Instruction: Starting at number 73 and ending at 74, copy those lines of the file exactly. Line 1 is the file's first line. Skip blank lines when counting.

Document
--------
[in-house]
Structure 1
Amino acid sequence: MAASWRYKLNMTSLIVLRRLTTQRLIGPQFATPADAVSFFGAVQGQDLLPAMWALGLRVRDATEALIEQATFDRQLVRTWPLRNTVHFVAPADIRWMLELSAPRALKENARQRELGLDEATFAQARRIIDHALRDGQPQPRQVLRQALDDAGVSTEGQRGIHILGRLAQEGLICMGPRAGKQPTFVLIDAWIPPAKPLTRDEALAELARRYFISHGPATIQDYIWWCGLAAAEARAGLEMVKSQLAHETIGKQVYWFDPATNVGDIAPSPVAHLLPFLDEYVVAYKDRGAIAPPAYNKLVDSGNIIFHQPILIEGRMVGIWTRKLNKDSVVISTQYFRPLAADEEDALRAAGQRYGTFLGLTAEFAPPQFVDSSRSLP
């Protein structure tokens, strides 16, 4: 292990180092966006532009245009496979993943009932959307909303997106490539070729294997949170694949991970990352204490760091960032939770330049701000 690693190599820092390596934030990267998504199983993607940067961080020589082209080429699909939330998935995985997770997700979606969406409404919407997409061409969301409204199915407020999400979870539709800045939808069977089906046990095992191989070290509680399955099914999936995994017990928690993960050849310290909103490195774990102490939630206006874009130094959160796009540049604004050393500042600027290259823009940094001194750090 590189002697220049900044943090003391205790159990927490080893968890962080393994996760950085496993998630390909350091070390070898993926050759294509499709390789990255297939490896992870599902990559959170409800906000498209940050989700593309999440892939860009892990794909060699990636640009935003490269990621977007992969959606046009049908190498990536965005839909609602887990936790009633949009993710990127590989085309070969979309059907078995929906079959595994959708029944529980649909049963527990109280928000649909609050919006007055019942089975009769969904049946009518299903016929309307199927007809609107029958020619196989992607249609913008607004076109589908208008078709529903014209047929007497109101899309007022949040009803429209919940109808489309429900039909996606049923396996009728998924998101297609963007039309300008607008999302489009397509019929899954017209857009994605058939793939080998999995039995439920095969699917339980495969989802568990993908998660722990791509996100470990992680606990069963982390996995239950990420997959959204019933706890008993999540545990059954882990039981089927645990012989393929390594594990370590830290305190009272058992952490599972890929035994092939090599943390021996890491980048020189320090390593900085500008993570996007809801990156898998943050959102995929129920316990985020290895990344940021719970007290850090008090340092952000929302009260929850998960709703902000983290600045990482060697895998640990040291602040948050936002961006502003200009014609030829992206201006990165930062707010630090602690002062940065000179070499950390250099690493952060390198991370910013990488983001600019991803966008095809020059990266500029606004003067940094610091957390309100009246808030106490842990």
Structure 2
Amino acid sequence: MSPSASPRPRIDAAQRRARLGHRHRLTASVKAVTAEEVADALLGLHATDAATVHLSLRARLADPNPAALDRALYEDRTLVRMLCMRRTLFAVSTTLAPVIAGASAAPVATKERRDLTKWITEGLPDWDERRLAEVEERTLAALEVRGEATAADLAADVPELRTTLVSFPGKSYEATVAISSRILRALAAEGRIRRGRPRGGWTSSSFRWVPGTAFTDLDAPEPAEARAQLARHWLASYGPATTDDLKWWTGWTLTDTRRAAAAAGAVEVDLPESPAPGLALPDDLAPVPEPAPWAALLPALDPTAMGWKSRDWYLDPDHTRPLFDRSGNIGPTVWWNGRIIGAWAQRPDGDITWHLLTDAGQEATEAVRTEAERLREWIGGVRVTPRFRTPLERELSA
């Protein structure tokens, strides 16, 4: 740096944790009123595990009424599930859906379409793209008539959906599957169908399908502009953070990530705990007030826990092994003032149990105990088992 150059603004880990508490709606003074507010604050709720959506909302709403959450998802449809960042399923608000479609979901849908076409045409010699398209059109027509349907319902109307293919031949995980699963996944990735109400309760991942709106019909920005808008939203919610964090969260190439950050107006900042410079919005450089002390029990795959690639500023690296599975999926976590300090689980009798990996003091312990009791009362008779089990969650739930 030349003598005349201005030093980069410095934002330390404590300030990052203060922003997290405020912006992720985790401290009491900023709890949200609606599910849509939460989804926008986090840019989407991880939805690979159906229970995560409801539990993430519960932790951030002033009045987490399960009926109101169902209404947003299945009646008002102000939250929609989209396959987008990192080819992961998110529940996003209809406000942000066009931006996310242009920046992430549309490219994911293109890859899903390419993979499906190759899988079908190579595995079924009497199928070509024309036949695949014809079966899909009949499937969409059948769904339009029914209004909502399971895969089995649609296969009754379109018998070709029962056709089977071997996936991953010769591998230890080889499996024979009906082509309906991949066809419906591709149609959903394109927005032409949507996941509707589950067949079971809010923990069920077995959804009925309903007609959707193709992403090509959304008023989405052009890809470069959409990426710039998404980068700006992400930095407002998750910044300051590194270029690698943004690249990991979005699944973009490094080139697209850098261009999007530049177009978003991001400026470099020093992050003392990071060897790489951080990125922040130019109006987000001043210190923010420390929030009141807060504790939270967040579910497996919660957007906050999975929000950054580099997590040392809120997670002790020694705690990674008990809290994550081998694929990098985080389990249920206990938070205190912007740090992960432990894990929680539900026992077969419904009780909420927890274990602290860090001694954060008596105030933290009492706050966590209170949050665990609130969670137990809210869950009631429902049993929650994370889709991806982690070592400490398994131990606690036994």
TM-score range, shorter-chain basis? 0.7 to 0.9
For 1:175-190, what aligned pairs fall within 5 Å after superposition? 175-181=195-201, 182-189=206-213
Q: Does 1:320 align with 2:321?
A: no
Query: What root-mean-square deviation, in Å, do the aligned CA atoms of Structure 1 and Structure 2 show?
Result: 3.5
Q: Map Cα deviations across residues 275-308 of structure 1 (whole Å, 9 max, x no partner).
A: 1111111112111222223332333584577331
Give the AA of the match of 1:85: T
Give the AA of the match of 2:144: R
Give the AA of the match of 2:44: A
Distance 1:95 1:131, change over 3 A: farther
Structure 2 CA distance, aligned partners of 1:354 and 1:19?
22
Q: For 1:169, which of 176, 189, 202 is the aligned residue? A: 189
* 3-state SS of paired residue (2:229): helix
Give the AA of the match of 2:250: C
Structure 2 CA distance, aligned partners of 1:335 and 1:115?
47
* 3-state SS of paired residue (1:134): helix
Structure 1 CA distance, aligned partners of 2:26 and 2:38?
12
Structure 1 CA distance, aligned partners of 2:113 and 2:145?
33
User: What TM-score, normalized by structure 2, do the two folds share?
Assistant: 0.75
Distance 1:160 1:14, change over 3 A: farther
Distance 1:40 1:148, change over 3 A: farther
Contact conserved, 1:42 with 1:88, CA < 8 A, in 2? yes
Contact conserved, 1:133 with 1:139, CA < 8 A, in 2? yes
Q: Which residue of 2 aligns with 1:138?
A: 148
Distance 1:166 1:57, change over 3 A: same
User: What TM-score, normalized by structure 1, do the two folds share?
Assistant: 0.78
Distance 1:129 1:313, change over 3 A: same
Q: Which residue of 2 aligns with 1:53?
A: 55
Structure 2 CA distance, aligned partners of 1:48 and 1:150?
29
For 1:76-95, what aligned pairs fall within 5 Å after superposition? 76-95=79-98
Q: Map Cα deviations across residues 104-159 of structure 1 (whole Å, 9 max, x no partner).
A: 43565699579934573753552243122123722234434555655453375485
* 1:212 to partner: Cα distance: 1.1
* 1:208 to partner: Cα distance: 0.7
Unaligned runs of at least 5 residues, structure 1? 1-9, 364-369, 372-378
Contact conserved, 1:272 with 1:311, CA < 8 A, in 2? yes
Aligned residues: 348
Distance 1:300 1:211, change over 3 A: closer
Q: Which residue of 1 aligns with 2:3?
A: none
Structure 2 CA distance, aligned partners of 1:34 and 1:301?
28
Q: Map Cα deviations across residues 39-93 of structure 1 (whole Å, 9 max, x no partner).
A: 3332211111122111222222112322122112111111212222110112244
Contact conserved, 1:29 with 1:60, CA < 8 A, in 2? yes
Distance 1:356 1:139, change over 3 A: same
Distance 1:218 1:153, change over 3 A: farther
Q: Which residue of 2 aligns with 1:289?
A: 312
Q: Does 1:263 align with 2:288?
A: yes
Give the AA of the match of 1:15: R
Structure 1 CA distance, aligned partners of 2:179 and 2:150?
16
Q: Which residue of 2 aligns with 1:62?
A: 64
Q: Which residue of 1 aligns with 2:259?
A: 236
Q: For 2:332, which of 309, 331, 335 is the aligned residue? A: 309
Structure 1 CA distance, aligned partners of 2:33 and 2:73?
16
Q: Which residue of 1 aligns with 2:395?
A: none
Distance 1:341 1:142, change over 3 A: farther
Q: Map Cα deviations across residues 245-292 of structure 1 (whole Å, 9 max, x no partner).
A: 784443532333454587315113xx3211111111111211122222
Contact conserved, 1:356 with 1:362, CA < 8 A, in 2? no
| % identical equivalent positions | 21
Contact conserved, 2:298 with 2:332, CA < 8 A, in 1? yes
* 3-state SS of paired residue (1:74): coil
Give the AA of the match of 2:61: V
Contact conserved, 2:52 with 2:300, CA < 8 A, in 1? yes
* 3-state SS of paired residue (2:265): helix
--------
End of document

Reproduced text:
Q: Which residue of 2 aligns with 1:62?
A: 64